A bazillion years ago, I figured I’d want to experiment and play some Civ games to get an idea of tech trees before moving forward with faction development.

I did the thing, so now I’m ready to do the thing.

FreeCiv, Master of Magic, and Alpha Centauri are all great. I’m glad I finally got to play AC because it’s maybe the greatest game like, ever. No joke.

So, here’s what I’ve got so far for “faction tech tree.”

160422_prelim_tech

Now I’ll explain what “Like Wizards” is supposed to mean.

“Teching your way to victory” isn’t the goal here, so I’ve abstracted a lot of stuff out. I want PCs to be able to use factions to build boats, raise armies, improve settlements and fortresses — build roads, if necessary.

A lot of this stuff is already in D&D if you know where to look.

What I figured I’d do is “roll up cultures” like D&D characters — complete with six of their own ability-type scores, and “classes” for factions . . . if any of that makes sense. And technology is the “magic system.” Or uh, spell list. Whatever.

Alex of Cirsova has blogged about ‘doing magic wrong’ in D&D across the editions, and I can’t hope to summarize everything here. Read the series, you’ll learn something.

Anyway, I’ve attached myself to the idea of the Wizard as a kind of . . . “thief of spells.” I very much like the idea of Wizards raiding each others’ libraries and stealing each others’ spells. Even if this turns out to be yet another ‘wrong’ interpretation of magic-users in D&D, I’m captivated by the idea.

Among other things, it gives arcane magic-users a clear GOAL, not to mention a reason to find scrolls and spellbooks in treasure hoards. Magic wands and wizard staffs mean a little more than being mere ‘magic guns.’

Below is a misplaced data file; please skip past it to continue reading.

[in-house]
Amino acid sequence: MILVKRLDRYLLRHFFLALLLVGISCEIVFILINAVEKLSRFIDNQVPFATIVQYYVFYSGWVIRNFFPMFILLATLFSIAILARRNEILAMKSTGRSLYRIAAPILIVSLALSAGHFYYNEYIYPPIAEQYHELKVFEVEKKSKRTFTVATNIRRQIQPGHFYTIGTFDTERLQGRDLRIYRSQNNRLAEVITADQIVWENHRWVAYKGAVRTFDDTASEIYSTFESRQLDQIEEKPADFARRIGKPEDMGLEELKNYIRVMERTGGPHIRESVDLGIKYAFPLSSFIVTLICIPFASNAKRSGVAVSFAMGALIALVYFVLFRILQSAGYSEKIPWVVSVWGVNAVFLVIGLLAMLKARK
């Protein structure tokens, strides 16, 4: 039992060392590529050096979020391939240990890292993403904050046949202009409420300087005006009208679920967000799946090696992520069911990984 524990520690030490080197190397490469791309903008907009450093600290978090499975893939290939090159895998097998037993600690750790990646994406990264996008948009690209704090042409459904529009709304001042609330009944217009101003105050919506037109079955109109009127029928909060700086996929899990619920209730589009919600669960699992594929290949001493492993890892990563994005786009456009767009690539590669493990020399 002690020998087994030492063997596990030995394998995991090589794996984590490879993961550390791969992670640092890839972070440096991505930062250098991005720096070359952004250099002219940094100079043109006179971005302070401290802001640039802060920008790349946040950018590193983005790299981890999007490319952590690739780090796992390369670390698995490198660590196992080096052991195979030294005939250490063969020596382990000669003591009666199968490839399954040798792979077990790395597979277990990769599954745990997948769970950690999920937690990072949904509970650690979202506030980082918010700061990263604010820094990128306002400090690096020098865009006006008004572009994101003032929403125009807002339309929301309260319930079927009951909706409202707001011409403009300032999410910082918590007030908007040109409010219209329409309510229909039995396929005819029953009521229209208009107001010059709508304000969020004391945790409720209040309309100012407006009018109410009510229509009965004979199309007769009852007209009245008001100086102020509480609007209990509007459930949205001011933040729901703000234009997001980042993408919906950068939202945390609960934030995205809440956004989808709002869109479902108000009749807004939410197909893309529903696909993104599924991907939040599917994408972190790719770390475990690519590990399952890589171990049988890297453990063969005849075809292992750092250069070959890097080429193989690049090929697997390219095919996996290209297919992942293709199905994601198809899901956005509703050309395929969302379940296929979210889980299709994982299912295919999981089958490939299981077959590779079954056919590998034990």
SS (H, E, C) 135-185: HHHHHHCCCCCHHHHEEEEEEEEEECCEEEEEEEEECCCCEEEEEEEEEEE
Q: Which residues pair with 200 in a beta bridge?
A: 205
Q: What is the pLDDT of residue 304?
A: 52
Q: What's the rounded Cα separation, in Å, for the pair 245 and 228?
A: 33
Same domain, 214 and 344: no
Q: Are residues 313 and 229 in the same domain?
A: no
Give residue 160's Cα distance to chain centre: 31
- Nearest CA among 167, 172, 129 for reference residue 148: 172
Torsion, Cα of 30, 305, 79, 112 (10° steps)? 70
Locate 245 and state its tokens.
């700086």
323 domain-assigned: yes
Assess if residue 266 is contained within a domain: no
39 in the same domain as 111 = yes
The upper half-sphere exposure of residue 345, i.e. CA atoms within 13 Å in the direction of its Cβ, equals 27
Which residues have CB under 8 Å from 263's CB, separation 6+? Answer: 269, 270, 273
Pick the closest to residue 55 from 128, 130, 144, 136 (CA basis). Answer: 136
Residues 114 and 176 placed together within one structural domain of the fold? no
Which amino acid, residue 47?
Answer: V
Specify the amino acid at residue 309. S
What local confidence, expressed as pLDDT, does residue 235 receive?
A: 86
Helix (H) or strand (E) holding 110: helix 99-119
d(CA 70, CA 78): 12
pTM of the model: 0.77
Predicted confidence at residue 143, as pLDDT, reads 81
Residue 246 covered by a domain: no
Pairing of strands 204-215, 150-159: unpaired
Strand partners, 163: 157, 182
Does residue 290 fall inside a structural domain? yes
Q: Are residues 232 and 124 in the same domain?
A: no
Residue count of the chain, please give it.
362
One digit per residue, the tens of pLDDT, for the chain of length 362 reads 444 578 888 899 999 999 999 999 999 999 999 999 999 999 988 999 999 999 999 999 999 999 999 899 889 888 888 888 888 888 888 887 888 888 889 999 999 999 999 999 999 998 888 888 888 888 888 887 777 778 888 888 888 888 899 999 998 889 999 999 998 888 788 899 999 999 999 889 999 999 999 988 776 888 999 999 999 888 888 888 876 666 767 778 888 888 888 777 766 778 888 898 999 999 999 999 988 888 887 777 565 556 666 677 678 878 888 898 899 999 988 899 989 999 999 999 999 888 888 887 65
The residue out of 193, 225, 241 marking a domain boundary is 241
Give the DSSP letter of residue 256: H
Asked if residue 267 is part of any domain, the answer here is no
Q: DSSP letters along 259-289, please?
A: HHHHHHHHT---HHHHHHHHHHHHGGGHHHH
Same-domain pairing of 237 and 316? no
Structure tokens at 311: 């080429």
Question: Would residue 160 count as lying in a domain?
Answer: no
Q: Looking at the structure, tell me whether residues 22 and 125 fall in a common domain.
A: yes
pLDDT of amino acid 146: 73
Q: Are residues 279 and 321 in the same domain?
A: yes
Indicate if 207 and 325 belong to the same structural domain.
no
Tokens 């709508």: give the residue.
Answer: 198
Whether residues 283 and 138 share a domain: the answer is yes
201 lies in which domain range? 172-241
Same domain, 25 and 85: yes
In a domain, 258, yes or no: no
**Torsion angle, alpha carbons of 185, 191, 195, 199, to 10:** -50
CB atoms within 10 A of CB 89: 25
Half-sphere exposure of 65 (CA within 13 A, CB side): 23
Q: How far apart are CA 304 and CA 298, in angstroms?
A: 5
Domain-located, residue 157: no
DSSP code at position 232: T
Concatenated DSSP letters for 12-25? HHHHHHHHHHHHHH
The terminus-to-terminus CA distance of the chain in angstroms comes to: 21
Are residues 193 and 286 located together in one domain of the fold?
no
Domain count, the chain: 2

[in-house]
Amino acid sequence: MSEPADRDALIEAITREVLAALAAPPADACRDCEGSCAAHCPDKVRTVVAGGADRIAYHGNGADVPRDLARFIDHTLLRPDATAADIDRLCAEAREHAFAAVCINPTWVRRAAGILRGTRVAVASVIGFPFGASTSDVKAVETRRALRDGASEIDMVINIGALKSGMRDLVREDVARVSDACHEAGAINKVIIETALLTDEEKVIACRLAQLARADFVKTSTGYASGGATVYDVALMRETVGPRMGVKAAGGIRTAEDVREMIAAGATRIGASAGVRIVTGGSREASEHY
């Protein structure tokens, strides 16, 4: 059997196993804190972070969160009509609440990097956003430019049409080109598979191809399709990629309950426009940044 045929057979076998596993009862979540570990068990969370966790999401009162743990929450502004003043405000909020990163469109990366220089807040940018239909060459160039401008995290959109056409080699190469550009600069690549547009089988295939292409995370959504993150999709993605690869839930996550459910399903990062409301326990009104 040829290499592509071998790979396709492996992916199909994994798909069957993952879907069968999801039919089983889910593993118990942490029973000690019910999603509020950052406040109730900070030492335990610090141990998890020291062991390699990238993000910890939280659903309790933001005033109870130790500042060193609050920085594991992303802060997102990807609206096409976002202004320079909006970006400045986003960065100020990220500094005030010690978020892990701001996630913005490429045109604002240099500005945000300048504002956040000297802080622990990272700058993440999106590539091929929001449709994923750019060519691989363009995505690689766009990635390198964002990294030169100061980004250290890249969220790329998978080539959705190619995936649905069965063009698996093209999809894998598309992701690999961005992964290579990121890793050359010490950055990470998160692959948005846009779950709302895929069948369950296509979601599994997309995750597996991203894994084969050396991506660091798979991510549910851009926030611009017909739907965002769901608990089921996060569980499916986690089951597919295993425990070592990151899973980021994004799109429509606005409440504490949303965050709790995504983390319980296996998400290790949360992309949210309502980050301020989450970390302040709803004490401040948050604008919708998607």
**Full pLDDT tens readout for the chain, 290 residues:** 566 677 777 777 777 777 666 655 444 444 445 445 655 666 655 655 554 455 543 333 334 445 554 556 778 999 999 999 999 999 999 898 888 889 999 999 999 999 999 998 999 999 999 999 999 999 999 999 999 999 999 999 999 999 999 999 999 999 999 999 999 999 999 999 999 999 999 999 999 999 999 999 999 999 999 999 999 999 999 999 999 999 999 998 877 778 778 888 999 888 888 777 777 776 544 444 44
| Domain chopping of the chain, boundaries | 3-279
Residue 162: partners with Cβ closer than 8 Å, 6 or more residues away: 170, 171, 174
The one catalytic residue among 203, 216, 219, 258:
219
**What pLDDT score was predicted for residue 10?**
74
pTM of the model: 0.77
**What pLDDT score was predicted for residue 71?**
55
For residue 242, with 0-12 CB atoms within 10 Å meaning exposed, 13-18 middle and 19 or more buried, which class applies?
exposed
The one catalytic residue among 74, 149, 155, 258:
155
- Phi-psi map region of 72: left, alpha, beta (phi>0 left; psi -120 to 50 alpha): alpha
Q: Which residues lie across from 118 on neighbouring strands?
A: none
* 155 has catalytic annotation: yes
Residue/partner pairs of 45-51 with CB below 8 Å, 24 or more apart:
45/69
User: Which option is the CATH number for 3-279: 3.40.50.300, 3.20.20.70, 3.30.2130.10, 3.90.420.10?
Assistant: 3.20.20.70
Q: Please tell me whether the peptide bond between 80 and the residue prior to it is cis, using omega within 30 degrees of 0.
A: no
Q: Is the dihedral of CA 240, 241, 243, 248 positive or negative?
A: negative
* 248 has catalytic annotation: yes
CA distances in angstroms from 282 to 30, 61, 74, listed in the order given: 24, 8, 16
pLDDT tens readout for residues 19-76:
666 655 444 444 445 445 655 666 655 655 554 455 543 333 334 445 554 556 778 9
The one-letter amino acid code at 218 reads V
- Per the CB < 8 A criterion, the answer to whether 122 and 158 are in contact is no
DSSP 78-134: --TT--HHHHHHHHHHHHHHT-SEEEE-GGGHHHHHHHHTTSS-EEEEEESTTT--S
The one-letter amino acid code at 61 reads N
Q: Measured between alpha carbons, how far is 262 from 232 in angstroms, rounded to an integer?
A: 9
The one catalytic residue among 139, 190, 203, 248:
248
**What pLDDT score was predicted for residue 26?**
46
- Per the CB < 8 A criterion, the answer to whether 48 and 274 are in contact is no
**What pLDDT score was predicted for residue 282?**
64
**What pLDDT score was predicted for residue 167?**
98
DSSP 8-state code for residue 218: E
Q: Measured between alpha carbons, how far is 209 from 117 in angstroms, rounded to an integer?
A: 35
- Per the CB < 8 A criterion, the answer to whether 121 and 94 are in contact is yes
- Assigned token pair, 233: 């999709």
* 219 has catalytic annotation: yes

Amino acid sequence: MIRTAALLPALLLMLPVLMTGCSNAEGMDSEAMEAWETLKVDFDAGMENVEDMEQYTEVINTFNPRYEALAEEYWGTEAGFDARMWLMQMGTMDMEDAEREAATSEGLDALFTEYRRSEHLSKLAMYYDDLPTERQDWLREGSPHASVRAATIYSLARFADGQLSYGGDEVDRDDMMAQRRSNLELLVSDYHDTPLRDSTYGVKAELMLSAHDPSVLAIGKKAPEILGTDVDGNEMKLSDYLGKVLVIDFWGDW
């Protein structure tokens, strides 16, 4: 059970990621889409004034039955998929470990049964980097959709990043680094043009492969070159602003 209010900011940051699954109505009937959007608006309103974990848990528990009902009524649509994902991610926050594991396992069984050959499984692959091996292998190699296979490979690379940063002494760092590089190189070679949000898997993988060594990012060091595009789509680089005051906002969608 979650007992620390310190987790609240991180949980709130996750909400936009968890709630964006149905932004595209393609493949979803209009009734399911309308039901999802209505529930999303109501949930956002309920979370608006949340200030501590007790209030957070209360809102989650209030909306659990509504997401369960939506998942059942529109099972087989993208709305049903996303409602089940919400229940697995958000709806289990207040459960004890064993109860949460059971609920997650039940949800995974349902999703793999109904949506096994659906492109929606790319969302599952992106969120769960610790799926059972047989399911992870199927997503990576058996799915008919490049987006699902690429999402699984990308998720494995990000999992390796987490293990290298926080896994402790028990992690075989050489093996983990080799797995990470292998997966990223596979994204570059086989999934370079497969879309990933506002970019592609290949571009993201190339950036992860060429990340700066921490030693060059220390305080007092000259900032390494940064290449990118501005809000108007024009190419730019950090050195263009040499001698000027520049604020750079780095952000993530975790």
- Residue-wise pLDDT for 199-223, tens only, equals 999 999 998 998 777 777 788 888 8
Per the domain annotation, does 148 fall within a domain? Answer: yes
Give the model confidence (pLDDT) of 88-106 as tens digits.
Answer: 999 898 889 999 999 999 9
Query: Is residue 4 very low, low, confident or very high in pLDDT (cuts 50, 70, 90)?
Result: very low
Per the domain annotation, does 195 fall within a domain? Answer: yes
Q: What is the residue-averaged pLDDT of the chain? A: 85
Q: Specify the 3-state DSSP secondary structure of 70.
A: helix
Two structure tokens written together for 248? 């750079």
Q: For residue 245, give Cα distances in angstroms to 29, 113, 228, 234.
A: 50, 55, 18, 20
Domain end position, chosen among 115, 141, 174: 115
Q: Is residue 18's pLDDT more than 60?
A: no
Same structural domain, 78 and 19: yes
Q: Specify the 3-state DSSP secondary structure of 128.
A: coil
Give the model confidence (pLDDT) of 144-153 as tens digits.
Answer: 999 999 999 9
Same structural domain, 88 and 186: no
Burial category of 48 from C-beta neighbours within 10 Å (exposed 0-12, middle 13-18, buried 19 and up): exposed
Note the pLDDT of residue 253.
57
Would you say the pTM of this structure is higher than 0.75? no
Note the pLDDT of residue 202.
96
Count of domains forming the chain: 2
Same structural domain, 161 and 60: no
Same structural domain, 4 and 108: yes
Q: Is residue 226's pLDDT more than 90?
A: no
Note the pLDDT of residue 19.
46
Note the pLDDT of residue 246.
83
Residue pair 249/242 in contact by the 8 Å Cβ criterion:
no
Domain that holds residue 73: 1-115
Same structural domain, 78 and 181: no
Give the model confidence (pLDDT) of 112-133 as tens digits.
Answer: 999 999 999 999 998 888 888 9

So my approach to factions was to have them level first, tech second. Factions level up similarly to the way PCs do, of course. Experience earned through combat and . . . whatever else grants experience in your game. Quests. Treasure.

But a key thing about factions, see: is they only get one free tech per level.

You can do the math — and if you know about when magic-users gain access to the next tier of spells, you can see the implications clearly: if you want all the tech, you have to steal it from other factions.

And there is a fundamental interaction between factions: espionage.

PCs get spells, factions get tech.

Like any good subsystem, my tech tree is full of little jokes and nods to disciplines like anthropology, philosophy, political science, and history.

Unlike standard tech trees of course, these technologies don’t lead nicely from one to the next. I mean, they were inspired by that ideal, but each technology is singular — but don’t confuse that with self-contained.

A faction that develops T3: Shipbuilding without T5: Woodworking is going to struggle with materials for their ships. Ships are going to be prohibitively expensive, take forever to build, and sink easily.

But it’s little things like this that spur people to make the kinds of choices they have done throughout history. Want to explore the world but your boat won’t float? Develop materials science. It has nothing to do with your goal: explore the world.

Obviously, there’s still work to be done. I have to fill out the chart.

Like the magic system, I’m going to aim for roughly eight disciplines: but they aren’t going to be ‘hard science’ categories. There’s going to be some weird and ugly overlap and there’s going to be some head-scratchers. But that’s okay.

It’s a work in progress.

I think one of the more exciting ideas is actually that I can throw stuff from Alpha Centauri right on there, if I want. Because D&D is all about those weird clashes between swords and spaceships. Maybe woodworking doesn’t lead to rocketry.

But who’s to say it doesn’t? Maybe elves develop the first space program.